It's funny how time and distance change you, the roads you take don't always lead you home.
What a weekend. Air travel, bus travel led to a new city finally expanding my understanding of this vast, diverse country. My health hindered my experience, yet I took in all that I could even if this included one too many germs.
I will write separate posts on the events that sparked my interest the most to maximise photos. Unfortunately my new camera did not survive the journey and I have to find a place to fix it before I leave for Hampi on Thursday!
Upon arrival, we went directly to Mysore Palace, which I continuously called a castle while I looked for Princess Jasmine and her tiger Raja. The Aladdin jokes never get old here. The palace is ginormous as part of it is a museum and the other part is still occupied by the royal family. To my dismay, the princess is not named Jasmine and, besides the sculptures of panthers, no tigers live on the premises. Luckily for us, we got a private, behind the scenes, tour that sparked outrage among the other visitors as they were not allowed to follow the “white people” into the locked rooms. We had a special viewing of the King’s sword room, filled with high tech swords and fancy brass knuckles used in wrestling. We then entered a room dedicated to royal hunting successes. Filled with taxidermic animals, it was the closest I had been to an elephant during my time in India. This would soon change when I left the palace and saw elephants meandering through the crowds of people. On top of that monkeys seemed to fly every which direction. Swooping from tree to tree, eyeing the patrons as they wandered the manicured grounds.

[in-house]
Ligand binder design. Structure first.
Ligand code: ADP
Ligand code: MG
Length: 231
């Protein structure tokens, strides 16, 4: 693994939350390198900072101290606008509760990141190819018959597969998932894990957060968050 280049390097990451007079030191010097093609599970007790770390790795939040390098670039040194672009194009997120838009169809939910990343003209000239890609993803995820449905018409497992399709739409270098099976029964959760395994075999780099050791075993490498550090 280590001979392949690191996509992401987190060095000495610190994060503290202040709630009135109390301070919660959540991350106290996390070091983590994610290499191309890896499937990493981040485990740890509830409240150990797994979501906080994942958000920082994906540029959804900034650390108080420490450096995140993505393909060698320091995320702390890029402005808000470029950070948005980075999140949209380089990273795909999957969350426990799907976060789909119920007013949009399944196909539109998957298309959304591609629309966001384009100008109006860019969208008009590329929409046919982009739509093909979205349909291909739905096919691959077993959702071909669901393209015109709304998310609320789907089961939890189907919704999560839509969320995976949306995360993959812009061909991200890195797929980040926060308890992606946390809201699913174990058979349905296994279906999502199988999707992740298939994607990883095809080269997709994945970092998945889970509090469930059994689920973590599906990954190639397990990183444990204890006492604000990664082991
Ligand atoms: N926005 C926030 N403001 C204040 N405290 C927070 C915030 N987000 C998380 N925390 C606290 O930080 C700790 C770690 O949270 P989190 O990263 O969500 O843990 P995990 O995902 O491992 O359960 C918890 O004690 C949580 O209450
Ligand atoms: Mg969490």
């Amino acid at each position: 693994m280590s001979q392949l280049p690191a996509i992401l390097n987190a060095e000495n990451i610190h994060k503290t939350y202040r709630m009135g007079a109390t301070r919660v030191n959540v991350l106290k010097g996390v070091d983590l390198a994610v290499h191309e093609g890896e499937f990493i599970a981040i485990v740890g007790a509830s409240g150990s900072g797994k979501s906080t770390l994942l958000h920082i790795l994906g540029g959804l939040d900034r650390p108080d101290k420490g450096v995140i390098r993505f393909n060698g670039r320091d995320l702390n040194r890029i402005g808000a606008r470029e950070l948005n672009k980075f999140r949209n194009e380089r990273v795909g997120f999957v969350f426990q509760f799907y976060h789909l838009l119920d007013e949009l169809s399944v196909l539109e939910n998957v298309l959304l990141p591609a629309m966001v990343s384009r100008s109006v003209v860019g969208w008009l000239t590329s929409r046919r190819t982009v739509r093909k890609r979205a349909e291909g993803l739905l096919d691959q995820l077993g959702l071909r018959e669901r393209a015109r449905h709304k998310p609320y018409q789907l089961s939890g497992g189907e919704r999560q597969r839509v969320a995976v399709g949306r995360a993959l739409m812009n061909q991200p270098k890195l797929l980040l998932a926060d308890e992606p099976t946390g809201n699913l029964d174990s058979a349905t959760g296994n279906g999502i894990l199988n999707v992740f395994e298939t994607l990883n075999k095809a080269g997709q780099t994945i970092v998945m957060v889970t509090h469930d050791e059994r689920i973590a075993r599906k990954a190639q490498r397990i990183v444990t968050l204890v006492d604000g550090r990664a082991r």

A few days later, we went back to the palace at night. Specially designed bulbs light up the palace and people cluster to see the spectacle against the dark night sky. The city of Mysore is designed with the palace at the center, so it feels like everywhere you go the palace is a short walk away.